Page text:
Yeah, Paul; it's Tim. We certainly take the point that getting back office systems pulled together and integrated will be an important part and I think we've recognized that from the outside. There are a couple of systems integration processes that are still under way within the legacy Andeavor business. We'll continue to get those complete done right and we will in very short order take up the process of evaluating exactly what the plans would be on the system side to have come into full integration.

We're not in position at this time to give you a timeline over what that, over what time period that'll take. But it will be a big focus, I think importantly for the synergies themselves though, this is not a massive component of the achievement. I mean there are certainly a small segment of the synergies that will be part of the systems integration, but some of the items that Don mentioned are really the lion's share where those synergies are going to be driven. So it is not a gating item, it is not a critical path on the synergy achievement that we expect to see over time. But we'll clearly stay focused on it as we go in again.

The -- with regard to the reporting out, I mean, I think we recognize and expect full well that we are going to be bringing and accounting around the synergies to the market on a regular basis. I mean well, again we'll share some colors at Investor Day and beyond. But we will be building a sort of a framework and reporting protocol to share exactly what the progress has been and what the color has been as we go along the way. So this is something that's high in the radar, whether the systems integrate or not, we'll have the full ability and anticipate reporting out in our progress along the way. So I appreciate the question, Paul.

Gary Heminger -- Chairman of the Board, Chief Executive Officer

Say Paul, let me add on to that. One of the things that we really want investors to understand and it's what next week having a kind of our top 100 management team men for a full meeting. One of the things you need to recognize in a transaction like this is you need to step back and understand the scale. And you have to have a vision for how big this company has become. And the scale is going to be one of the most important parts, not only to driving synergy, but to driving efficiency.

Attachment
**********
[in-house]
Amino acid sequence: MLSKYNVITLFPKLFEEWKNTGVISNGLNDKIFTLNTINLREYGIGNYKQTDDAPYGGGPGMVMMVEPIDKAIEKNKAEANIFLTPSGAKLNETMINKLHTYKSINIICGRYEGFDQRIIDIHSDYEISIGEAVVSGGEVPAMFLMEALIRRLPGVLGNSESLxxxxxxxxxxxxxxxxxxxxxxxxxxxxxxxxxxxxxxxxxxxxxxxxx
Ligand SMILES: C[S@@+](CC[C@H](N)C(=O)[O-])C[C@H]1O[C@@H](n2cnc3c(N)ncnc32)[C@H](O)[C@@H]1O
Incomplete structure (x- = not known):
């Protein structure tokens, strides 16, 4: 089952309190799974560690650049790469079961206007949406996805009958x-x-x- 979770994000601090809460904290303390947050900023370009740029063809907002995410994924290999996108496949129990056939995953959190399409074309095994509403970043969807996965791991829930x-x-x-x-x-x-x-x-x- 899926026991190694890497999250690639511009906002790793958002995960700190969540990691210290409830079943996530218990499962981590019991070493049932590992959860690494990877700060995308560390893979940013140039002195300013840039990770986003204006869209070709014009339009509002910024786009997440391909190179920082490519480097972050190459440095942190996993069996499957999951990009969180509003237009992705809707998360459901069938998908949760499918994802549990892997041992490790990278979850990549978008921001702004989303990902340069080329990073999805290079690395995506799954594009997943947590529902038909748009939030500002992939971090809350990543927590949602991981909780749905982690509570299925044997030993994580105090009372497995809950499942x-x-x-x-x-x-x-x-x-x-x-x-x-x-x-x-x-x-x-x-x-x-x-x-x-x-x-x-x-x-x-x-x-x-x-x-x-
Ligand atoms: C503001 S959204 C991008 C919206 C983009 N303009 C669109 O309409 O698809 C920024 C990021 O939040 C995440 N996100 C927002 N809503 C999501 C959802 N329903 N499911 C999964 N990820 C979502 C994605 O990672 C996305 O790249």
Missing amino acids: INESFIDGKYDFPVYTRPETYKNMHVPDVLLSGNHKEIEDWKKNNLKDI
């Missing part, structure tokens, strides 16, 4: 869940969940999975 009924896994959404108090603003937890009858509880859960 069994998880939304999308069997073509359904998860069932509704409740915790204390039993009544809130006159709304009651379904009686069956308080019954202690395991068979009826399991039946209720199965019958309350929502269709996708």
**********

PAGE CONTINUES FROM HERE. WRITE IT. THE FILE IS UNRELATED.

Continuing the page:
And so, I really want to -- we're going to strive and we're going to talk about scale a lot with investors because that's what we're seeing already in some of the early synergies that we're capturing, that we had anticipated is that scale is very, very important. And you get the scale running down the track in the same direction. It could be a very, very positive event with a lot of momentum behind it. So that's really the point that I want to get across to investors.

Paul Cheng -- Barclays Capital -- Analyst

Totally agree, I mean that this scale I think is going to be phenomenon in your advantage at this point. The second question, if I may on Speedway. Historically that Marathon using a one brand strategy, one brand in the retail, one brand in the wholesale order in the Japan market, and this legacy is multi-brand. And so how exactly that going forward that you guys going to be in the brand strategy? And how fast are you going to move on that?

Gary Heminger -- Chairman of the Board, Chief Executive Officer

Sure. Well, Paul as we've mentioned, we're already completing the turnaround of the St. Paul at Minnesota and Wisconsin assets from SuperAmerica into Speedway, we expect that to be done by the end of the year. From there, we have crews doing seven to eight stores every day. We're able to turn those stores that quick. And that -- when we say turn the store, that's not just putting signs out on the pumps and at the street. That's remerchandising the store and putting your backroom system in the managers the entire store as well.

And from there we'll get those completed here in December and then we're going to move to the West and Southwest and start probably in the El Paso and Arizona market starting to rebrand those into Speedway. Now as we go out to Southern California, Northern California, the ARCO brand is a very, very strong brand. We're continuing our analysis, we won't have the crews freed up to be able to go further West until probably mid-'19 to later '2019. So we're completing our analysis on what brands we may want to use in that market. As I said ARCO is a very strong brand, Speedway has a very strong brand and a very strong convenience store merchandising component.